By Jori Epstein
Andy Dalton is not ready to settle as a career backup.
“I believe I’m a starter in this league,” the nine-year Bengals starter said on a conference call Wednesday. “And I feel like I could bring a lot to the table. I know I’m on a one-year deal. I understand the market’s going to be a little bit different next offseason.”
The Bengals released Dalton last week in favor of No. 1 overall draft selection Joe Burrow. Monday, the Cowboys signed Dalton to a one-year deal worth $3 million with incentives that could reach $7 million, a person with knowledge of the deal confirmed to USA TODAY Sports’ Mike Jones. The person spoke on condition of anonymity because they were not authorized to disclose terms of the contract.
Dalton says he’s viewing 2020 as a bridge year to begin the second half of his career. He had several offers with teams, he said. “Looking at the big picture,” Dalton said, he chose a year of learning from Mike McCarthy in Texas, his home state.
Dalton holds no illusions about his role with the Cowboys.
“Dak (Prescott is) the starter on this team,” Dalton said, acknowledging he’s heard the buzz of a quarterback controversy. “Dak has played really well, and I knew the situation that I was coming into. … I felt like I could come in here and help this team win, obviously help Dak out as much as I can.
“Hopefully, this sets me up for my future.”
Prescott hasn’t missed a game since Dallas selected him in the fourth round of the 2016 NFL draft. He has completed 65.8% of his pass attempts the last four seasons for 15,778 yards and 97 touchdowns to 36 interceptions. He’s also rushed for 21 regular-season touchdowns.
Last season, even as the Cowboys finished 8-8, Prescott threw for 4,902 yards and 30 touchdowns to 11 interceptions.
Dalton completed 62% of his passes in nine seasons for 31,594 yards and 204 touchdowns to 118 interceptions. He’s confident his résumé—which includes three Pro Bowl berths—will augment the Cowboys' quarterback room. It doesn’t hurt that Dallas’ 2020 slate features Dalton’s longtime division, the AFC North. For Dalton, the focus of his upcoming season will be refining his game with an offensive-minded coach alongside a roster loaded with talent. No need, even, to relocate from his North Texas offseason home nearby his siblings and in-laws.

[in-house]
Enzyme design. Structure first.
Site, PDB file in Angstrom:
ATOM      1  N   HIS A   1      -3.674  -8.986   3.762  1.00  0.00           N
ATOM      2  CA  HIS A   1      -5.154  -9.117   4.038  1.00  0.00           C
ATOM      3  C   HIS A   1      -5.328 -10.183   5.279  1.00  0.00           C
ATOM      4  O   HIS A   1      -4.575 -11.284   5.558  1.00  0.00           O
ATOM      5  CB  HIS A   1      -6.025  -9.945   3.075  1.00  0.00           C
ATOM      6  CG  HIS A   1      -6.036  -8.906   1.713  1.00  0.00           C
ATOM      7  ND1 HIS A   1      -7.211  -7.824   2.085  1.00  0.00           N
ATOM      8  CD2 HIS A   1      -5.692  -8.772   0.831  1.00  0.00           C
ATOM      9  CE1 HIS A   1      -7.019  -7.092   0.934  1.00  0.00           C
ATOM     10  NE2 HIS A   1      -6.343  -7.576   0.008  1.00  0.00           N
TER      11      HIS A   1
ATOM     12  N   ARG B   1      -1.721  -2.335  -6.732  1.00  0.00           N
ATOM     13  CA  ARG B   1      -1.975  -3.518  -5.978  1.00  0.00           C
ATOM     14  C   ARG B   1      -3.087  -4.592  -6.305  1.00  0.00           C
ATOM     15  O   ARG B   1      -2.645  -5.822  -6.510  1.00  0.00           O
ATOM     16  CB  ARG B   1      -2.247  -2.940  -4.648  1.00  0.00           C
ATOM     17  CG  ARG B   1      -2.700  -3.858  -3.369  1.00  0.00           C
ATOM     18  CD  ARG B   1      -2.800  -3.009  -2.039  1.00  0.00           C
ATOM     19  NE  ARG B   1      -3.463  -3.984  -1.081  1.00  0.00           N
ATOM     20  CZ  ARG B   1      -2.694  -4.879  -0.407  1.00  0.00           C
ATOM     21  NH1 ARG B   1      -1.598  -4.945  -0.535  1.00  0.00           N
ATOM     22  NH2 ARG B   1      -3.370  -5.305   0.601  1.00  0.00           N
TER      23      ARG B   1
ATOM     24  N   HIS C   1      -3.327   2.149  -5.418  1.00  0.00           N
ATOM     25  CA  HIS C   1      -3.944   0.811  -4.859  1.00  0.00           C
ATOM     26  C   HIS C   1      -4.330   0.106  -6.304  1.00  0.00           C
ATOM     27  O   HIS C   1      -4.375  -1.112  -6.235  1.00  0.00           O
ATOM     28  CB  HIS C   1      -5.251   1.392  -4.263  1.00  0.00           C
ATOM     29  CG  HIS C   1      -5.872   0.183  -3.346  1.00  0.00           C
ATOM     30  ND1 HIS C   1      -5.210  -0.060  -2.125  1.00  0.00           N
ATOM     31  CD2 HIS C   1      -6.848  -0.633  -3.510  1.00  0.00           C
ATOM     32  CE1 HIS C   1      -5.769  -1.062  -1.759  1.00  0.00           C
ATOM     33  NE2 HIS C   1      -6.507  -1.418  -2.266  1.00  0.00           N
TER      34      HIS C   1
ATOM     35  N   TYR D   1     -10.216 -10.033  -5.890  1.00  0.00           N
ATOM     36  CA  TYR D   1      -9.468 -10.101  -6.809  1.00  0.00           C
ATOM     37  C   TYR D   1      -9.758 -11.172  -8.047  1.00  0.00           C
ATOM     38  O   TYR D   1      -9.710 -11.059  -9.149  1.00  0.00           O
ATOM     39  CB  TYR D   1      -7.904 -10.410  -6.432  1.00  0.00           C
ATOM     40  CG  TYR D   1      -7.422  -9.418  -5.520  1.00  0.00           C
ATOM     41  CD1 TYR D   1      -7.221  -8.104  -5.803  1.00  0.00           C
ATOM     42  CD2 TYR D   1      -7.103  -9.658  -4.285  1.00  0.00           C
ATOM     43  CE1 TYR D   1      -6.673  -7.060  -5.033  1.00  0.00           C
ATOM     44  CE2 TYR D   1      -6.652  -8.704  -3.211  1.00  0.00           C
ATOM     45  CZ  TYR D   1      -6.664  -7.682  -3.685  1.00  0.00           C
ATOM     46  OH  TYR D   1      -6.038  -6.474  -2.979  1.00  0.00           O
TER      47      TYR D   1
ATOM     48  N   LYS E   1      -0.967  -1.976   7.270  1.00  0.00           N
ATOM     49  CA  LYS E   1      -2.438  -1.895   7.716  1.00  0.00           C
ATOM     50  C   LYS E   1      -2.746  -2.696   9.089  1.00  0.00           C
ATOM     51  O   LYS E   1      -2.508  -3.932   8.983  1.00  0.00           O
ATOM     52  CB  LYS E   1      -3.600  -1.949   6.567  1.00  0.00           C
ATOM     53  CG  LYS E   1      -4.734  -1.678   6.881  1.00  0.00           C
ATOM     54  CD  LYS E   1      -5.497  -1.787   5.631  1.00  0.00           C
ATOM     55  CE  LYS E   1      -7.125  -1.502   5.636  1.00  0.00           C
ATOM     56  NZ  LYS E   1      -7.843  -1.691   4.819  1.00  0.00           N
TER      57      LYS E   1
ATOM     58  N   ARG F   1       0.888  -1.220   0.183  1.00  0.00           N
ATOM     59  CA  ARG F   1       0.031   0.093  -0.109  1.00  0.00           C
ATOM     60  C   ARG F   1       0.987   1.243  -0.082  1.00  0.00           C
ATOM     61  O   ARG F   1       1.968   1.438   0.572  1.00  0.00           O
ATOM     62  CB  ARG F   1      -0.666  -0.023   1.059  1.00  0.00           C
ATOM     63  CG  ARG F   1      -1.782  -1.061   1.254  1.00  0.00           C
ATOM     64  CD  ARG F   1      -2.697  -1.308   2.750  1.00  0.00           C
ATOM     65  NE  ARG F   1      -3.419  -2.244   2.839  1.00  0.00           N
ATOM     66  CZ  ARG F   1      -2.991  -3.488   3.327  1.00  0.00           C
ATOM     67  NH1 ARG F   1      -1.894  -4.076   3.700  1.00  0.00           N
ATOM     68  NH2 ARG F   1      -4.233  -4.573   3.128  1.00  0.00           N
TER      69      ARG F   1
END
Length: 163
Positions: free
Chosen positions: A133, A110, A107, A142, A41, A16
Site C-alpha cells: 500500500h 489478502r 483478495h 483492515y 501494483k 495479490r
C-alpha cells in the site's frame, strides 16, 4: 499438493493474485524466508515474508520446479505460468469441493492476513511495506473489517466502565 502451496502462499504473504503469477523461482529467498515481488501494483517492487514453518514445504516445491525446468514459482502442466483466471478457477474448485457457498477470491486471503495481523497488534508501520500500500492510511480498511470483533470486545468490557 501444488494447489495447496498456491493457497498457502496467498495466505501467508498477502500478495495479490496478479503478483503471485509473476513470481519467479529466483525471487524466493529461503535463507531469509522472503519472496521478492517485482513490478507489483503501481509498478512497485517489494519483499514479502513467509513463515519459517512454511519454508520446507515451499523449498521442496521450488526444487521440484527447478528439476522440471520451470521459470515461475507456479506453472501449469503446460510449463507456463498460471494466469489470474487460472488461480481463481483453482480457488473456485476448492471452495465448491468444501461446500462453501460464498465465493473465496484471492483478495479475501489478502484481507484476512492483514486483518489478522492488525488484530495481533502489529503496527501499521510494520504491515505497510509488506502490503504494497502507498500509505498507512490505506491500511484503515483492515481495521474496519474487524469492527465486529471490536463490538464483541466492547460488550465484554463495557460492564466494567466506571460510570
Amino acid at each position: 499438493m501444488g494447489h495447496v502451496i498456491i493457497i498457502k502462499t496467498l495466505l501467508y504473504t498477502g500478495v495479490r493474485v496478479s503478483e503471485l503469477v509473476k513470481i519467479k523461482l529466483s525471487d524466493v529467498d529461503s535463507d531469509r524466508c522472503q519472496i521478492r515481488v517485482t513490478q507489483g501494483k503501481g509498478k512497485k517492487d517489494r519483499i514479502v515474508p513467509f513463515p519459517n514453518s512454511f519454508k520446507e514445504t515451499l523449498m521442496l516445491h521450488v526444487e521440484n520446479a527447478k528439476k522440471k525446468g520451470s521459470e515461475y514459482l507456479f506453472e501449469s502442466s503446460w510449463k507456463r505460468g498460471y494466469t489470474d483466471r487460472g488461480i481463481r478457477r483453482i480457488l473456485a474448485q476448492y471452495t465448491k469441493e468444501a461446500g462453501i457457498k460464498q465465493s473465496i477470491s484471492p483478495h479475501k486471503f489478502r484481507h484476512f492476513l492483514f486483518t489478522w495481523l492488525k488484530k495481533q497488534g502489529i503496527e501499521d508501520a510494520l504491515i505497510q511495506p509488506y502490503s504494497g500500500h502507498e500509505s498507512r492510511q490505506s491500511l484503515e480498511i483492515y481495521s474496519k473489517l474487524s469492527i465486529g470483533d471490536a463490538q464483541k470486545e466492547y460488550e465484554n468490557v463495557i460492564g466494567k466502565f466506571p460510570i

“This group of skill-position players is, I think, going to be pretty special,” Dalton said. “I feel like this could be a very explosive offense.”
Neither Prescott nor Dalton currently is under contract past 2020. But the $31.4 million exclusive franchise tag the Cowboys gave Prescott speaks to their investment in him. As recently as Wednesday on radio, Cowboys vice president Stephen Jones reiterated his belief that a long-term will get done.
The two sides have until July 15 to settle a disagreement largely centered on length of contract. Prescott wants no more than four years, a person familiar with negotiations told USA TODAY Sports. The person was granted anonymity due to the sensitivity of negotiations. The Cowboys want to lock up their franchise quarterback for at least five years. So long as the two sides reach a pact, the contract is expected to be among the most expensive in NFL history.
Should the Cowboys and Prescott not reach a long-term deal by July 15, Prescott will only be able to play the 2020 season on the tag. He already played 2019 on the final year of his rookie contract and posted his best statistical production of his career. The two-time Pro Bowl quarterback said he would approach playing on a franchise tag the same way.
“I’m somebody that I’ve gambled on myself for my whole life,” Prescott told USA TODAY Sports in January. “That’s kind of what it is. I’ve been doubted and told people they’re wrong.
“When you’re playing out a situation, when you’re playing out a contract, there’s no different mindset than that.”
Follow USA TODAY Sports’ Jori Epstein on Twitter @JoriEpstein